Grisly haunted houses aren't my thing, but perhaps even more disturbing is the uniquely fundamentalist Christian creation of Hell House, an attraction that has been described as a modern day fire and brimstone sermon. Brian Kirk at Patheos describes it:
Instead of vampires and werewolves, guests are treated to scenes such as a young girl having an abortion, a gay man suffering from AIDS, a teen dying in an auto accident who failed to give his life to Christ. In each scenario, these presumed sinners are tormented by actors dressed as demons. The implication, none too subtle, is that each deserves both their suffering and their one-way ticket to damnation. The gay man, molested by his uncle as a child, chose to have sex and contract HIV. The teen girl chose to get drugged at a rave, raped, and become pregnant. The boy in the car wreck chose hell because he refused to listen to his parents' religious teachings. The message of these hell houses is that the same fate awaits us all. But wait! There's hope. These terror tours usually end with a glimpse of heaven and the opportunity to give one's life to Jesus.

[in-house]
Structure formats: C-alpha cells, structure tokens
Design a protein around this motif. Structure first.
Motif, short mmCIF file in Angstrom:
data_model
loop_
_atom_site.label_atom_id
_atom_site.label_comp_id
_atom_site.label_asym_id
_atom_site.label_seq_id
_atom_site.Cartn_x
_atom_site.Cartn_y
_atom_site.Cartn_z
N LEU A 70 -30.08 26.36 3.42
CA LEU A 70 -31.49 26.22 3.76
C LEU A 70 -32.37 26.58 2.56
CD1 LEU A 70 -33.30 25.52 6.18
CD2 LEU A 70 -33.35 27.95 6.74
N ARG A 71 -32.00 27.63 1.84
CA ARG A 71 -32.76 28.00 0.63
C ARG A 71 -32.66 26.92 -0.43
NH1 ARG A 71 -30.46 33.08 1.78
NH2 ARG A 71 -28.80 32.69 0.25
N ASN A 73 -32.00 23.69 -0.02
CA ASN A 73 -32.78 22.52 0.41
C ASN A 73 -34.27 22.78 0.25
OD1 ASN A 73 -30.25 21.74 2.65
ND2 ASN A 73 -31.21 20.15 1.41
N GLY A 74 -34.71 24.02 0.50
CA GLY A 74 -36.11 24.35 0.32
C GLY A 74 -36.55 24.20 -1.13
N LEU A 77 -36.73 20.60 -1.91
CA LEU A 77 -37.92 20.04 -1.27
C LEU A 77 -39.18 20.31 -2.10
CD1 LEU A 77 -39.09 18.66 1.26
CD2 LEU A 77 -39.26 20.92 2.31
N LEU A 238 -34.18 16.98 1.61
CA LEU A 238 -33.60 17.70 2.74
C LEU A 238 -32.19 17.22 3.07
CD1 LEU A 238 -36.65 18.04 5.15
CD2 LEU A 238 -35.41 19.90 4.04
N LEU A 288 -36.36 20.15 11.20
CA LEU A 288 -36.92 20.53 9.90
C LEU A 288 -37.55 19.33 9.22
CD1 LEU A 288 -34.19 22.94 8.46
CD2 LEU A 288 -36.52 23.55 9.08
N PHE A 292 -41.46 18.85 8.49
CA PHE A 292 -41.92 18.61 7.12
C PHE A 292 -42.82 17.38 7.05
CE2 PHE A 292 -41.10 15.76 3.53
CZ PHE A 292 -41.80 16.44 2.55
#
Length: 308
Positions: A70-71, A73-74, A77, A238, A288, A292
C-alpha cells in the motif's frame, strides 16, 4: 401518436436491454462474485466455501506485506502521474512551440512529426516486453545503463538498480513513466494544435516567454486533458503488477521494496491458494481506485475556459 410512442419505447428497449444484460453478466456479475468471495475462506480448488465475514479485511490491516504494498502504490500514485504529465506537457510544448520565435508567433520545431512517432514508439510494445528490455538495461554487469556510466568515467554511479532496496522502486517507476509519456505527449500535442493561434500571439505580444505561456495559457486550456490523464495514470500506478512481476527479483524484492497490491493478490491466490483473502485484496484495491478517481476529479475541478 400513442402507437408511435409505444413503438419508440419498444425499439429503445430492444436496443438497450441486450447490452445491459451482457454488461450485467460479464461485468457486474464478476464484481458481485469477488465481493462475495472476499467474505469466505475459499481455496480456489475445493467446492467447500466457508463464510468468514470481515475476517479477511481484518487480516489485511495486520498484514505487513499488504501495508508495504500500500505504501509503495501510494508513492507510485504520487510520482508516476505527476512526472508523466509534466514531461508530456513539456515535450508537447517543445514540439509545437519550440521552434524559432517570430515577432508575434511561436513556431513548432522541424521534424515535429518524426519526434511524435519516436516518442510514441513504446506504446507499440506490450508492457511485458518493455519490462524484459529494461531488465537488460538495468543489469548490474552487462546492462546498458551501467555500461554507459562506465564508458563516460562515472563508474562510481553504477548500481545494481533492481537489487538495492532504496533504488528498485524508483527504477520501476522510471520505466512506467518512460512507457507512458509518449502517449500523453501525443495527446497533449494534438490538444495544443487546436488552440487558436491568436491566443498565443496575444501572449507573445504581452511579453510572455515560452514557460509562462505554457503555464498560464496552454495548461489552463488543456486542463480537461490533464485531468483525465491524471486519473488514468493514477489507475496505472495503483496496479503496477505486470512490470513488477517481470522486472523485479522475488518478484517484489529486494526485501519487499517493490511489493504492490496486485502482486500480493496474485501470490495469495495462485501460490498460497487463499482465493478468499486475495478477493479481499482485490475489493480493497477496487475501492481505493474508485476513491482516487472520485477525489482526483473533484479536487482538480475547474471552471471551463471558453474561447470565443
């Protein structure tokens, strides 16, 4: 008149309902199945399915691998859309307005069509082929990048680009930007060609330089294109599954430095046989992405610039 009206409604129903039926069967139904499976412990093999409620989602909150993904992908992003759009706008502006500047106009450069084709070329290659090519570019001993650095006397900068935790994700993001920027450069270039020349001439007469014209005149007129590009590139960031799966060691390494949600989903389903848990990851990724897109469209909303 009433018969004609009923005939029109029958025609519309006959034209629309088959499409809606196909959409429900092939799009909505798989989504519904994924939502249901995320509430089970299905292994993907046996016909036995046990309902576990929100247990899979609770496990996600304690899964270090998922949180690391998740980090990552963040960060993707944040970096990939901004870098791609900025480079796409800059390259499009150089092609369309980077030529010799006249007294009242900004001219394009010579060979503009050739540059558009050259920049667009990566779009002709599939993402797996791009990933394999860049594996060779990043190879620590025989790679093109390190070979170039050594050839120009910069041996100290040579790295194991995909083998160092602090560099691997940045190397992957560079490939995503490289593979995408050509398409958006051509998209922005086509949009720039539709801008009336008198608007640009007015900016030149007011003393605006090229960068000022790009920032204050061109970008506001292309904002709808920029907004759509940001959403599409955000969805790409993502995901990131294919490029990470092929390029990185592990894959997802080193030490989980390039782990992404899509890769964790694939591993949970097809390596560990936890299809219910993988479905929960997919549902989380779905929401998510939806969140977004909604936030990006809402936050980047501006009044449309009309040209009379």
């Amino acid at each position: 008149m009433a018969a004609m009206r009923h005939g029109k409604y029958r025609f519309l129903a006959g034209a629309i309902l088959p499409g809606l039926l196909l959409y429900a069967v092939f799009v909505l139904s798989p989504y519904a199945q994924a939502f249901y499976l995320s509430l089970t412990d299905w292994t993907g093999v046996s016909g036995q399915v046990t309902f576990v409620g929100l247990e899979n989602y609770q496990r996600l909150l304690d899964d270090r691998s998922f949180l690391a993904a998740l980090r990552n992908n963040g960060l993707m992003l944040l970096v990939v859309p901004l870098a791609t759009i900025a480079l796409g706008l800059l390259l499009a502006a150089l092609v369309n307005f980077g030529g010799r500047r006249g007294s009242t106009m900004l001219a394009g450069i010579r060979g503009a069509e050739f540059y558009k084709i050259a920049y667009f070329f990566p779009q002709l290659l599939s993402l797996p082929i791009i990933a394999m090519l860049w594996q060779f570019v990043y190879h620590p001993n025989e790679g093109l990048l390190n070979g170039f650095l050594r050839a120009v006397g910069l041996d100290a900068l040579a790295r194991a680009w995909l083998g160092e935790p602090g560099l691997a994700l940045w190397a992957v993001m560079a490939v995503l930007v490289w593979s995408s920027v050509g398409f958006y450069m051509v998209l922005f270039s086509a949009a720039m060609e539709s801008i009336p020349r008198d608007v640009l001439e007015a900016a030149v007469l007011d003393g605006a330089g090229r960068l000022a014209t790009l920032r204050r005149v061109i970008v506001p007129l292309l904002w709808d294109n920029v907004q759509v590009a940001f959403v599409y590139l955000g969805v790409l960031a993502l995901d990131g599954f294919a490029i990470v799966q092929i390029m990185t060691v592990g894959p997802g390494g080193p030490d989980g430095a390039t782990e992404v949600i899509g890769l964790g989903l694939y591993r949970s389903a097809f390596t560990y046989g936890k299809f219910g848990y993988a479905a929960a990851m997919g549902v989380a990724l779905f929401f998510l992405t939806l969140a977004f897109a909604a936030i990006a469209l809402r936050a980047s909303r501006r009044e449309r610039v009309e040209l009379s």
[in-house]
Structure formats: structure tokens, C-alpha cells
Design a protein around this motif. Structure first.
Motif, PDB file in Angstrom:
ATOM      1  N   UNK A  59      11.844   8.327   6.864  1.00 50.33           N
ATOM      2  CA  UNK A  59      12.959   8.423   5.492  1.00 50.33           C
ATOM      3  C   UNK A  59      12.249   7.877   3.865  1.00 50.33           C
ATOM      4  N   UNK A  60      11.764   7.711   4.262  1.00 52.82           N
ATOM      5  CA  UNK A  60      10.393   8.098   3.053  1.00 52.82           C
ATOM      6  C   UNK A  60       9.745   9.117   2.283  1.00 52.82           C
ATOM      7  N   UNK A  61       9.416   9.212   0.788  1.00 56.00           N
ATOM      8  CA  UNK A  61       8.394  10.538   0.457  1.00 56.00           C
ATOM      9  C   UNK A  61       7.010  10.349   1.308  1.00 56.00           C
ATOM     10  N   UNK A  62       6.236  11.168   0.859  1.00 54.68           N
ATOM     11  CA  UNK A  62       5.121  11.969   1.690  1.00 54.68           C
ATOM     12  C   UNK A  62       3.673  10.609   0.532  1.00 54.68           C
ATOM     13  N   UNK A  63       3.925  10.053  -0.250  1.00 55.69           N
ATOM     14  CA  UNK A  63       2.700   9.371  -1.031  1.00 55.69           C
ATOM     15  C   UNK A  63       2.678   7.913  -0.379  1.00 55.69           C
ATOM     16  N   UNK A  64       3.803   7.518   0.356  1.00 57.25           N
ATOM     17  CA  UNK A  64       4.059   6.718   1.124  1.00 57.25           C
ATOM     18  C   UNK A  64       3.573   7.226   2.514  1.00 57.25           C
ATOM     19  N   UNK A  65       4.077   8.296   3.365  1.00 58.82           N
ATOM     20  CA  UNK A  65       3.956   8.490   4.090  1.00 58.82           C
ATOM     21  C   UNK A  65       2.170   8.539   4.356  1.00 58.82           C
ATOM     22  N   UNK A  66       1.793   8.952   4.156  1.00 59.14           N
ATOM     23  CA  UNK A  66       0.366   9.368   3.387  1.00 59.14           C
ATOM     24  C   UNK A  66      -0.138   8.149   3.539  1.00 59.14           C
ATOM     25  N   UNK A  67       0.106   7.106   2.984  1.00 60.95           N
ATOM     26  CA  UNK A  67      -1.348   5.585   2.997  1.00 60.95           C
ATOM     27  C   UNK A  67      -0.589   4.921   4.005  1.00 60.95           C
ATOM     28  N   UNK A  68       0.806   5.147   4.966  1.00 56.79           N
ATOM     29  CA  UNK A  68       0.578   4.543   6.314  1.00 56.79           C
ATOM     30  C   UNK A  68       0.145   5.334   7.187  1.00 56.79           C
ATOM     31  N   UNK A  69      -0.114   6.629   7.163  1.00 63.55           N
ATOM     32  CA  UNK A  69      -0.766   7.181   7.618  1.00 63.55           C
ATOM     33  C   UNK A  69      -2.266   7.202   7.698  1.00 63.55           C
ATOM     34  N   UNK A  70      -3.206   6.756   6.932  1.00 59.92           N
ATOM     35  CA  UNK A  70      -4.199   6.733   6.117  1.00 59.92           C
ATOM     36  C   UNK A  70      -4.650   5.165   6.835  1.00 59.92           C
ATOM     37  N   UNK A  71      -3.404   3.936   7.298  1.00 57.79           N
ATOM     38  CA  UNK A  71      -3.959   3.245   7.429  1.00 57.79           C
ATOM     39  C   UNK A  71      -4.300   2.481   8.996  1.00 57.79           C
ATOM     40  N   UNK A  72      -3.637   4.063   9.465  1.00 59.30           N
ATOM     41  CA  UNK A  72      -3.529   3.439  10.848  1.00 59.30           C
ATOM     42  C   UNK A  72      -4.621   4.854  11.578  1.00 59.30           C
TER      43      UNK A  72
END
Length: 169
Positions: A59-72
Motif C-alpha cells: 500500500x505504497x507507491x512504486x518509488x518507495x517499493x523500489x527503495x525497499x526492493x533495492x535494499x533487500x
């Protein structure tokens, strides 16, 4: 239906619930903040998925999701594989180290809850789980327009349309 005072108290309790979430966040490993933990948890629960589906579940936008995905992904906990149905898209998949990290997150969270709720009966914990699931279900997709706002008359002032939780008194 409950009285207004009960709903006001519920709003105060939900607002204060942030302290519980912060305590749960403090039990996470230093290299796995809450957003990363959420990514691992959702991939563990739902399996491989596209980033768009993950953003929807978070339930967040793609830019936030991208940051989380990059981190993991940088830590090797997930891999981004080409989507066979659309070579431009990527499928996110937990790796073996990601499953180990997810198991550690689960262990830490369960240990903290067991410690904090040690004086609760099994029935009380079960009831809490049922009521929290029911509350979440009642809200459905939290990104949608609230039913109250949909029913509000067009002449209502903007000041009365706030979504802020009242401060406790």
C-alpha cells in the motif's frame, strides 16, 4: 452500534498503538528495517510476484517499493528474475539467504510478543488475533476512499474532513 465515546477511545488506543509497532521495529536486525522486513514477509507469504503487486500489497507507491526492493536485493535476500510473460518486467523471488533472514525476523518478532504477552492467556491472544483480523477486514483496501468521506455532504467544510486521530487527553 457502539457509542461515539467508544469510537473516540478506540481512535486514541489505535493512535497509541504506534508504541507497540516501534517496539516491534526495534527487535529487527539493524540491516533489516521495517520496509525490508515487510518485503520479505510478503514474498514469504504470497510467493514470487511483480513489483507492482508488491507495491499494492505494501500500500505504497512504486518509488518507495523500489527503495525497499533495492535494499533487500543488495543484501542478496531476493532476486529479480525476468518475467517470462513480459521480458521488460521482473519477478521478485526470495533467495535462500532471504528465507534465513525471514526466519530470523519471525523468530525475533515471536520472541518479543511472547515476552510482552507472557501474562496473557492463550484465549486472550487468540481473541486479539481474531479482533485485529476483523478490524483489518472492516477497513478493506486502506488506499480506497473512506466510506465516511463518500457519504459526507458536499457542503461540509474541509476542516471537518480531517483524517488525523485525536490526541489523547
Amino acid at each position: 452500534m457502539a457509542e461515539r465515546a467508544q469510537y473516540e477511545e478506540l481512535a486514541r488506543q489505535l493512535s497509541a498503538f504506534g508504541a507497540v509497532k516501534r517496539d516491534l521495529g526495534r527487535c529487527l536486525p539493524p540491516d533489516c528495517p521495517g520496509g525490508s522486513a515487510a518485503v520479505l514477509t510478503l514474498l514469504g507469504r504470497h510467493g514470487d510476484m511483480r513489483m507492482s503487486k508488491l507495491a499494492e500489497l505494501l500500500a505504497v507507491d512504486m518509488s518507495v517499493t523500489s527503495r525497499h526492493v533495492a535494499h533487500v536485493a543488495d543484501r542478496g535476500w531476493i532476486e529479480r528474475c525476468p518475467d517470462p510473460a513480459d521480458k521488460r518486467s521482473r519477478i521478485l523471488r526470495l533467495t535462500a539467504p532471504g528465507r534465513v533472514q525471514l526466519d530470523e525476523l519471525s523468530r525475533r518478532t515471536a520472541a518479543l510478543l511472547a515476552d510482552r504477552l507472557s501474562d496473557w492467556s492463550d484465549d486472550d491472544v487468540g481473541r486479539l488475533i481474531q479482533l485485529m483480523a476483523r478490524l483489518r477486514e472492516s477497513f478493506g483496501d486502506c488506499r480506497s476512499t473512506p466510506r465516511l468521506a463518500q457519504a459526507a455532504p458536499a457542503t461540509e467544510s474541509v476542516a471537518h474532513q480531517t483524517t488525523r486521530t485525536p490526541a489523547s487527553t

Don't expect Hell Houses to catch on in Catholic circles anytime soon. This month's cover story in US Catholic focuses on the Church's shift in emphasis away from punishment and towards salvation (read it here).